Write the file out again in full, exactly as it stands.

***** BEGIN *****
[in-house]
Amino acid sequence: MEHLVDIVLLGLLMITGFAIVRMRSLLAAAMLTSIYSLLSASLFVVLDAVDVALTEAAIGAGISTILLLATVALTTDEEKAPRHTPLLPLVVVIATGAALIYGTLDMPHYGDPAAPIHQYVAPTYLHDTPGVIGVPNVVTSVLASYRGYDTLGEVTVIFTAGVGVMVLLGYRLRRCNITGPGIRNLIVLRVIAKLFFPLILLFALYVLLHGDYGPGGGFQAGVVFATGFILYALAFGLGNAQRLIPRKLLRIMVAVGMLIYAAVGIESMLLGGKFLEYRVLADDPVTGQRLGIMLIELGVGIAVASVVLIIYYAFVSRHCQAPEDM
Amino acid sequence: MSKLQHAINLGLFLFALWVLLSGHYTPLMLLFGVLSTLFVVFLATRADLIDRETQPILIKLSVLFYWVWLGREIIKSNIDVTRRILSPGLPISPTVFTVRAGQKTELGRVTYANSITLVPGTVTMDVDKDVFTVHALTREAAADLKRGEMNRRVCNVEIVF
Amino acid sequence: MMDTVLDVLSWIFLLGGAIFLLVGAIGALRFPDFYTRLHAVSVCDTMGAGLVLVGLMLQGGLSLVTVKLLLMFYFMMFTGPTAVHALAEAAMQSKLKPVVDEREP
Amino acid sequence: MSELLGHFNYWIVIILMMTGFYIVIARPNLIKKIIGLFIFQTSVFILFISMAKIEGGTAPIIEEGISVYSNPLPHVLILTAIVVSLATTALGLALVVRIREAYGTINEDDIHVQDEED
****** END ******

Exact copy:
[in-house]
Amino acid sequence: MEHLVDIVLLGLLMITGFAIVRMRSLLAAAMLTSIYSLLSASLFVVLDAVDVALTEAAIGAGISTILLLATVALTTDEEKAPRHTPLLPLVVVIATGAALIYGTLDMPHYGDPAAPIHQYVAPTYLHDTPGVIGVPNVVTSVLASYRGYDTLGEVTVIFTAGVGVMVLLGYRLRRCNITGPGIRNLIVLRVIAKLFFPLILLFALYVLLHGDYGPGGGFQAGVVFATGFILYALAFGLGNAQRLIPRKLLRIMVAVGMLIYAAVGIESMLLGGKFLEYRVLADDPVTGQRLGIMLIELGVGIAVASVVLIIYYAFVSRHCQAPEDM
Amino acid sequence: MSKLQHAINLGLFLFALWVLLSGHYTPLMLLFGVLSTLFVVFLATRADLIDRETQPILIKLSVLFYWVWLGREIIKSNIDVTRRILSPGLPISPTVFTVRAGQKTELGRVTYANSITLVPGTVTMDVDKDVFTVHALTREAAADLKRGEMNRRVCNVEIVF
Amino acid sequence: MMDTVLDVLSWIFLLGGAIFLLVGAIGALRFPDFYTRLHAVSVCDTMGAGLVLVGLMLQGGLSLVTVKLLLMFYFMMFTGPTAVHALAEAAMQSKLKPVVDEREP
Amino acid sequence: MSELLGHFNYWIVIILMMTGFYIVIARPNLIKKIIGLFIFQTSVFILFISMAKIEGGTAPIIEEGISVYSNPLPHVLILTAIVVSLATTALGLALVVRIREAYGTINEDDIHVQDEED